Some of the tastiest, most eye-catching desserts in Southeast Asia are bright green. While most neon desserts can typically credit their hue to artificial dyes, the verdant color is all thanks to a single natural ingredient: pandan, a plant that tastes of vanilla, tropical fruits, and flowers all wrapped in one. From silky, sweet custards to sticky rice cakes, the spiky leaves of the tropical pandan plant give desserts a distinctive grassy sweetness and a playful green hue.
Also known as screwpine leaf, pandan is spread onto toast and mixed into desserts in Malaysia, Thailand, Vietnam, Indonesia, and beyond. It’s as common a flavoring as vanilla is in the West and has a pleasant flavor despite the plant’s beguiling appearance of tough leaves that look more like leek greens than dessert fodder.
Pandan is often pigeonholed as Southeast Asia’s vanilla, but apart from making a regular appearance in sweets and desserts, that’s where the similarities end.
What is pandan, and what does it taste like?
Pandan’s blade-like leaves grow like weeds across tropical areas of Southeast Asia, making it easy to find and dirt cheap to buy. A perennial that grows year round, there are some 600 species of pandan plant, but only one is used extensively in Southeast Asia’s most tempting desserts.
It can be hard to pin down the unique flavor of pandan, and descriptions range from herbal to floral to bubblegum. Some might even say popcorn. Strange as it may sound, though, popcorn is not that far off the mark. In Harold McGee’s book On Food and Cooking: The Science and Lore of the Kitchen, he explains that the main volatile compound found in pandan is also found in basmati and jasmine rice, as well as (you guessed it) popcorn, which helps explain the nutty notes in pandan-infused desserts.
Pandan’s fibrous leaves are too tough to eat and are usually chopped or blended to create pandan extract. There are some recipes, however, that call for the leaves to be bruised, tied in knots, and added directly to ingredients to be boiled or steamed.
Pandan’s perfect partner is coconut, and this happy union works its way into the region’s jellies, rice cakes, spreads, sponge cakes, and custards. The desserts can range from a subtle matcha color to a shocking neon green if the cook’s been a little heavy handed with the food dye.
The humble pandan plant is no one-trick pony, though, and it has non-edible uses too. It’s used as a natural air freshener, and if you take a ride in a Malaysian taxi you’re likely to find pandan leaves perfuming the air. It’s also used as a cockroach deterrent — apparently, they find the smell of pandan repellent.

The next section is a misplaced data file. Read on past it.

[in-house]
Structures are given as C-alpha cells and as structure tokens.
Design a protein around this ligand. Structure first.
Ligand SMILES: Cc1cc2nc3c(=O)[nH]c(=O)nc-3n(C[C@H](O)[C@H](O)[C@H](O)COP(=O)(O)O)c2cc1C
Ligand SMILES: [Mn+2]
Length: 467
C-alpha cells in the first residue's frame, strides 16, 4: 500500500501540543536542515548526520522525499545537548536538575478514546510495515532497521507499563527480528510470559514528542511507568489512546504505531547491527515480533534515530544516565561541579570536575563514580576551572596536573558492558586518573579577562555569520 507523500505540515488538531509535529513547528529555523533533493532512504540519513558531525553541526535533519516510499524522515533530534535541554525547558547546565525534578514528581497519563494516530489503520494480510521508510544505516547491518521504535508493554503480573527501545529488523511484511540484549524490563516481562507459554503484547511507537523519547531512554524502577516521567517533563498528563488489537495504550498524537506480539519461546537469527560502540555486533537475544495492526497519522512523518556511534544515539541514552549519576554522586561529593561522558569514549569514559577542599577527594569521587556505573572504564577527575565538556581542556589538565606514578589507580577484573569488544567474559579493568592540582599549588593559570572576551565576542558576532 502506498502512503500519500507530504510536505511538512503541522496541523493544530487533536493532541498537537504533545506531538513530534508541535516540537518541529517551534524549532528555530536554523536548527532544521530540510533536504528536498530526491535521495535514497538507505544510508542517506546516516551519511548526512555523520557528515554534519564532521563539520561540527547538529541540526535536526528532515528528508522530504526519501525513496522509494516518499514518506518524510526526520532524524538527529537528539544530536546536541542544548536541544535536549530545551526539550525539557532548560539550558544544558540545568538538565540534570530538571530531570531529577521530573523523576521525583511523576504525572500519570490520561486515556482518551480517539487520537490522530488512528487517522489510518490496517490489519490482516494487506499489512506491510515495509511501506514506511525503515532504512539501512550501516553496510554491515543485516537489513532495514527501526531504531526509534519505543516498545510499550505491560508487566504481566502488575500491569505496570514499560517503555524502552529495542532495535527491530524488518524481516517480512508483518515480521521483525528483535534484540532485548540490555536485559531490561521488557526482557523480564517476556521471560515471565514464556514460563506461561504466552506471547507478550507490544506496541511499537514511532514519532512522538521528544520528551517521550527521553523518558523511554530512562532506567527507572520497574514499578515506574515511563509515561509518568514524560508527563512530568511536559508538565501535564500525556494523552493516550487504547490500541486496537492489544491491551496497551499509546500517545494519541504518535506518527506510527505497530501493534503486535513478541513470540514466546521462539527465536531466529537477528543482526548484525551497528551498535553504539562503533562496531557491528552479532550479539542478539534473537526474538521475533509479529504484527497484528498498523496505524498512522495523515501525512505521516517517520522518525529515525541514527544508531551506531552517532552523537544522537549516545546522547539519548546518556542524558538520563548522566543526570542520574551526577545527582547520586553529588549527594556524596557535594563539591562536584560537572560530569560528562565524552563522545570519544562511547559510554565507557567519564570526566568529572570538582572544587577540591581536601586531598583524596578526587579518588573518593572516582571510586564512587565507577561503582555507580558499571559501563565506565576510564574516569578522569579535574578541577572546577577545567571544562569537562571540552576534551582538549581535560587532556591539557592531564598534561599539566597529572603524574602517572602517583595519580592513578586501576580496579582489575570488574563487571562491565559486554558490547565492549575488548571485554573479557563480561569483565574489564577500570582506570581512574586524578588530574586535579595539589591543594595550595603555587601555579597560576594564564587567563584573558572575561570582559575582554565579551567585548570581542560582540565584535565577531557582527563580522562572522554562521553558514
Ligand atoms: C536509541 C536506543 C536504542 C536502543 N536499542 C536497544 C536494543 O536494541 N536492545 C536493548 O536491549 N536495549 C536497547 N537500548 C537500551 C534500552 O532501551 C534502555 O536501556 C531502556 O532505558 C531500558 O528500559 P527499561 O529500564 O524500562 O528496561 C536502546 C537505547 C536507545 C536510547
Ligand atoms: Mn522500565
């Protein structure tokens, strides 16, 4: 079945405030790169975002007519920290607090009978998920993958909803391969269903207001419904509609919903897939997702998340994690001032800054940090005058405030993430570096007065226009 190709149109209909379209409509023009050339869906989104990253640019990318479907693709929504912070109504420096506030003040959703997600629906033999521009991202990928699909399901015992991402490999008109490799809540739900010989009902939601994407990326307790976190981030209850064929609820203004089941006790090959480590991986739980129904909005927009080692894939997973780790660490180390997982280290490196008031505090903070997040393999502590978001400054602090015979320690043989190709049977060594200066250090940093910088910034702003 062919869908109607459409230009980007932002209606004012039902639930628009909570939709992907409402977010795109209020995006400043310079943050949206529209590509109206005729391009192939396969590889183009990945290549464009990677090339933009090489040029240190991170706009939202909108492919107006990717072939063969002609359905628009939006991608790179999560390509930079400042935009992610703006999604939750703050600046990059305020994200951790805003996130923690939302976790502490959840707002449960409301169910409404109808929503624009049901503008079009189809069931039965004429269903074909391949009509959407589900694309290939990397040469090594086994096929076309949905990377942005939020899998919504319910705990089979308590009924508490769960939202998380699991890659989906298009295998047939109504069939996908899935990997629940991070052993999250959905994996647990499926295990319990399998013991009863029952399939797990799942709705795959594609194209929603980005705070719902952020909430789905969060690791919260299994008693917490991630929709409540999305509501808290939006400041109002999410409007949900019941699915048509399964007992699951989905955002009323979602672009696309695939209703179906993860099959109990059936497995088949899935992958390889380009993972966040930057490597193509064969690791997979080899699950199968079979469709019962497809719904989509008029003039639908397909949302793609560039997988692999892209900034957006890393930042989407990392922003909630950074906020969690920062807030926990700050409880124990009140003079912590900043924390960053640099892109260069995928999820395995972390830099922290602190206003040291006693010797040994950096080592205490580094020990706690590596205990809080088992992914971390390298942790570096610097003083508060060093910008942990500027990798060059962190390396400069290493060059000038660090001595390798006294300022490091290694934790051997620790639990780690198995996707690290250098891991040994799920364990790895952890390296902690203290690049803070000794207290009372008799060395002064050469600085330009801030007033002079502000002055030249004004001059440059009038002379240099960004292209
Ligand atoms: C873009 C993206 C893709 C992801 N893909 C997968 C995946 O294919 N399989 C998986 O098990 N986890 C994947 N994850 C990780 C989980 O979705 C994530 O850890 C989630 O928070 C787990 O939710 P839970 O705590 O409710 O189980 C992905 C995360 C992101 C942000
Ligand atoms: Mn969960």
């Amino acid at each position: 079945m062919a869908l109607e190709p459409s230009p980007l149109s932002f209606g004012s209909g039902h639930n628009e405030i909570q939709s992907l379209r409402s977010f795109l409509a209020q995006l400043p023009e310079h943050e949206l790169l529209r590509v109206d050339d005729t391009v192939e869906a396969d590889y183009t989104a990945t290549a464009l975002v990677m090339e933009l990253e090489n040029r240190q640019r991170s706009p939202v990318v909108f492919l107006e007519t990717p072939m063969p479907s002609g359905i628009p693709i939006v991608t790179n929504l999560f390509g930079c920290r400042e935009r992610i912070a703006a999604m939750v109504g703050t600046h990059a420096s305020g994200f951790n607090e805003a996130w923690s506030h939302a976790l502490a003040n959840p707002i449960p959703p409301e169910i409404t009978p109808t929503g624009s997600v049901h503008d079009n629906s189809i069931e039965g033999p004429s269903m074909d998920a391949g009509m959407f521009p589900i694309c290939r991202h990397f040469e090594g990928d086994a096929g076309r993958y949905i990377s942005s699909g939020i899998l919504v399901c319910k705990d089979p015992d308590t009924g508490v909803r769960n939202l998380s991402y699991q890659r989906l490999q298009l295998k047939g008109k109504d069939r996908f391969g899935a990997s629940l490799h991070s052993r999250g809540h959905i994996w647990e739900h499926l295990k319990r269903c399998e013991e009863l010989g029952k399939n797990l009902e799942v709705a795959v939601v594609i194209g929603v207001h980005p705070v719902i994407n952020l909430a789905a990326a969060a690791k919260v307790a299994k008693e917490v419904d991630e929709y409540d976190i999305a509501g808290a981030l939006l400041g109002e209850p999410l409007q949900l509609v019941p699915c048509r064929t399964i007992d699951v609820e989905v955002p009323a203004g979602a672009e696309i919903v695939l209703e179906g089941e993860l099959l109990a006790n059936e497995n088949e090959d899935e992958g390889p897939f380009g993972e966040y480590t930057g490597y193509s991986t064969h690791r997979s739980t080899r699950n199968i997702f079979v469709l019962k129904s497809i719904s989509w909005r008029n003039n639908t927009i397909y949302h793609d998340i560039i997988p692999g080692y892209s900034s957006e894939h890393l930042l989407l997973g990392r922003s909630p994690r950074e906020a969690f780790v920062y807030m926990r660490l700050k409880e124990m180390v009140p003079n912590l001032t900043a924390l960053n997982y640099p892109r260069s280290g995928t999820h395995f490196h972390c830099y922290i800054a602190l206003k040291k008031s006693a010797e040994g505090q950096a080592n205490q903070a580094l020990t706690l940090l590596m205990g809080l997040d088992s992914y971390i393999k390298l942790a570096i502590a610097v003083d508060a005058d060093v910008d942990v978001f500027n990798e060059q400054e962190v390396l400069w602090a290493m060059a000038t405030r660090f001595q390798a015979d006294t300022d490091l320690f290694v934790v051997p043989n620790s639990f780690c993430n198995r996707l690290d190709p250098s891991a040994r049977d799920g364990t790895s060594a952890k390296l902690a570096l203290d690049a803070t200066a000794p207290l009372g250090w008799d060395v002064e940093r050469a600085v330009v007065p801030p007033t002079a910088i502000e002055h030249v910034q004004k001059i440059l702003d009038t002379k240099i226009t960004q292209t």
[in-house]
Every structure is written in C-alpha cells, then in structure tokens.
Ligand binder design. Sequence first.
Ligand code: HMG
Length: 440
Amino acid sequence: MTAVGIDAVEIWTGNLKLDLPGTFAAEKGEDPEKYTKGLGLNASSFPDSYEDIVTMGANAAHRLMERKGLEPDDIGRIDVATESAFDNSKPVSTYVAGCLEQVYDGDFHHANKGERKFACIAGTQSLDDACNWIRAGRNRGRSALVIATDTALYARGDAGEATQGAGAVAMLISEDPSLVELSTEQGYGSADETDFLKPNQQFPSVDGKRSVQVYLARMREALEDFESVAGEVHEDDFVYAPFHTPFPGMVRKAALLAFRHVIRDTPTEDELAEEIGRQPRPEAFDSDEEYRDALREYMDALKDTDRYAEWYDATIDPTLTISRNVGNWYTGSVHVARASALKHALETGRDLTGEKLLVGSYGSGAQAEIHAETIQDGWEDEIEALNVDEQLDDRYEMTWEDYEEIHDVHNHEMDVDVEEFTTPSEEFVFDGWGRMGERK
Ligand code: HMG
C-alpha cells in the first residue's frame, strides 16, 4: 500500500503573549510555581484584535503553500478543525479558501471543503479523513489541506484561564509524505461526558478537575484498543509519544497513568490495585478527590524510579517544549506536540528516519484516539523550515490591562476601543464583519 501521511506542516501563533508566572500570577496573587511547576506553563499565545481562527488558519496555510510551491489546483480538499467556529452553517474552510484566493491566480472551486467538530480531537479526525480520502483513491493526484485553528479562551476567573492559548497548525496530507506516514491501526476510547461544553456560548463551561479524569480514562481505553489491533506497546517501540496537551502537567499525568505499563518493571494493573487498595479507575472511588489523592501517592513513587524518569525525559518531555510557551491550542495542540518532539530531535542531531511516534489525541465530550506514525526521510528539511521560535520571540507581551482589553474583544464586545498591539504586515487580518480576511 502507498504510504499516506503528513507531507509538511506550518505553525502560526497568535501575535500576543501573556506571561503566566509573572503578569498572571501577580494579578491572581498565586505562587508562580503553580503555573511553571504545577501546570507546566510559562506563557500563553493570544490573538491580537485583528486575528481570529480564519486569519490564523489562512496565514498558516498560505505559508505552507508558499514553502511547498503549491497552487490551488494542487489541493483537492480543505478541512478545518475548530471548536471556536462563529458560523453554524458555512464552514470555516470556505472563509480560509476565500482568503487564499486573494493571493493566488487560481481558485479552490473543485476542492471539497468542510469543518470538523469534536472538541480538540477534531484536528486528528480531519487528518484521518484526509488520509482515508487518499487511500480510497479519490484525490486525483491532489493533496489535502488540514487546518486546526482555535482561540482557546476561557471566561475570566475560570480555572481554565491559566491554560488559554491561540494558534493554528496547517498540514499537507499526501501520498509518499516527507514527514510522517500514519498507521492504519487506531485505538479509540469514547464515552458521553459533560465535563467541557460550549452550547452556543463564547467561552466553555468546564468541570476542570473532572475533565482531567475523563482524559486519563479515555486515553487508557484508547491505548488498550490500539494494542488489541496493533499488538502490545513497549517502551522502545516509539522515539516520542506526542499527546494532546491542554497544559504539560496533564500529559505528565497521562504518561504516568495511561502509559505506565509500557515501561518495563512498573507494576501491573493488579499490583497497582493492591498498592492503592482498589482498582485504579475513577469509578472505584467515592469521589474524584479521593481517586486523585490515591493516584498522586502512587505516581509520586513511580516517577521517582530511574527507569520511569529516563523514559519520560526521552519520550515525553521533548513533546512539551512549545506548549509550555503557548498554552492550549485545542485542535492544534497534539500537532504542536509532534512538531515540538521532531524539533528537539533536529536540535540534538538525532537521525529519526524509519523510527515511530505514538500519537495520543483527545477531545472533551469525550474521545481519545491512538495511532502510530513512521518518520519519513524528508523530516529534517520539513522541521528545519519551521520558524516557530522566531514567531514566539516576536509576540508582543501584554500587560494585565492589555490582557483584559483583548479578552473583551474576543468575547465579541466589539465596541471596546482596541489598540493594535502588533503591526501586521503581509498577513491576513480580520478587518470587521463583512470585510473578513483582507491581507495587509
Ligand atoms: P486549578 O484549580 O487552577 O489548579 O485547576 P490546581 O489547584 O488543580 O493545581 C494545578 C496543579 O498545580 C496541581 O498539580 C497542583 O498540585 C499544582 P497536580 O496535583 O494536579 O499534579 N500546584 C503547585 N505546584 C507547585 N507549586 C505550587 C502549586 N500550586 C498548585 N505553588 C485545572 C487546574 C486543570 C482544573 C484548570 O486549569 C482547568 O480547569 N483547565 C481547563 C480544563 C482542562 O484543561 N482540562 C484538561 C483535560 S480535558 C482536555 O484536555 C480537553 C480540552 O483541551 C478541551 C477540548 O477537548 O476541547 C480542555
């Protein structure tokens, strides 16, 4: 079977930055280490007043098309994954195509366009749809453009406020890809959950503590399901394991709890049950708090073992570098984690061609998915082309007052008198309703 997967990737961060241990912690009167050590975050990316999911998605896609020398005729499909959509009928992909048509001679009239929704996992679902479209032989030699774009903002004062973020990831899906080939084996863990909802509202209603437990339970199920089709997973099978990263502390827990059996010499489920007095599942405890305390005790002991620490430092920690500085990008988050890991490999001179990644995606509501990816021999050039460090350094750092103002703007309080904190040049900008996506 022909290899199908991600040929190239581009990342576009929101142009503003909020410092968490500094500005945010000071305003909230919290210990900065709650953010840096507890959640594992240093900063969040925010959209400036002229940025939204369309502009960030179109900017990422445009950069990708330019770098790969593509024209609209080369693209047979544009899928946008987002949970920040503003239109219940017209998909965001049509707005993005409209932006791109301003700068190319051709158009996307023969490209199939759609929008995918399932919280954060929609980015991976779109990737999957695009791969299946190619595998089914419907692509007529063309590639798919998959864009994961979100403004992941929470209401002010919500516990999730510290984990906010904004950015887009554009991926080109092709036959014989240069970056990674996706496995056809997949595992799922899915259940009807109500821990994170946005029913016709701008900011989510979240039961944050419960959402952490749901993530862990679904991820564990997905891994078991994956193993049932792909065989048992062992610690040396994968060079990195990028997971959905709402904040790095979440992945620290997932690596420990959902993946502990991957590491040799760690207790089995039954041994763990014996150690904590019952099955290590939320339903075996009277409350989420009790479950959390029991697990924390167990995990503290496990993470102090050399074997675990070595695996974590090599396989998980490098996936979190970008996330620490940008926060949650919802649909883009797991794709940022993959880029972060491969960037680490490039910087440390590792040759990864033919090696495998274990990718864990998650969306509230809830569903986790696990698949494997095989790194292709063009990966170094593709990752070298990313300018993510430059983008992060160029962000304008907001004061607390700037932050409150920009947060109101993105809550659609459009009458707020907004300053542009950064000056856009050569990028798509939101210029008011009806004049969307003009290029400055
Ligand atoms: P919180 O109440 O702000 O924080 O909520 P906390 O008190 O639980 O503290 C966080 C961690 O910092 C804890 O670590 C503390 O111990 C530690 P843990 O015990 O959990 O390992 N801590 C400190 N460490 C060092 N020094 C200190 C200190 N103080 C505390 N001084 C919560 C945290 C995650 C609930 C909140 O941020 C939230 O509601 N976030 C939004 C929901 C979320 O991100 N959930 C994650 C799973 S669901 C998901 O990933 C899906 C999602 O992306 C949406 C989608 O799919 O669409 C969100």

Other uses aside, nothing shows off pandan quite like putting it in desserts. These are the best pandan desserts from across Southeast Asia.
Khanom chan from Thailand
Chewy and sweet khanom chan translates to layer dessert, and that’s pretty much what it is: steamed rice flour or mung bean flour combined with tapioca, arrowroot, palm sugar, and coconut. The green treat is chewy and squishy, kind of like mochi. Khanom chan is traditionally made with nine layers as the number nine occupies an auspicious place in Thai culture.
Bánh bò nướng from Vietnam
This is a soft cake that’s sometimes called honeycomb cake because of its texture. The tapioca starch creates a dense sponge while the pandan adds the distinct herbaceous flavor and makes the inside of the cake bright green. Bánh bò nướng can be either cooked into a large shape like a bundt cake or made into smaller bite-size pieces.
Ondeh-ondeh and klepon from Malaysia and Indonesia
Ondeh-ondeh in Malaysia, called klepon in Indonesia, are bright green glutinous rice balls wrapped in a furry coat of grated coconut. Each bite into the small dessert brings the sensation of liquid palm sugar bursting in your mouth. Variations are also made in Brunei and Singapore.
Dadar gulung from Indonesia
These lurid green pancakes might look gimmicky, but the flavor certainly isn’t. Besides, who doesn’t want to try green pancakes at least once in their life? The light crepes are stuffed with grated coconut and gula jawa, or coconut sugar, which turns the coconut a toasty brown color.
Buko pandan from the Philippines
A Filipino favorite, this dessert salad features vibrant green cubes of pandan-flavored gelatine and young coconut meat that’s drowned in a mix of cream and condensed milk. It’s served chilled and is a popular thirst quencher in humid weather.
Pandan chiffon cake from Malaysia and Singapore
This ring-shaped sponge cake looks decidedly average from the outside, but cutting a slice reveals a pretty, olive-hued interior. Stemming from the colonial era, it’s a fusion of western cake-making techniques and the tropical flavors of pandan and coconut.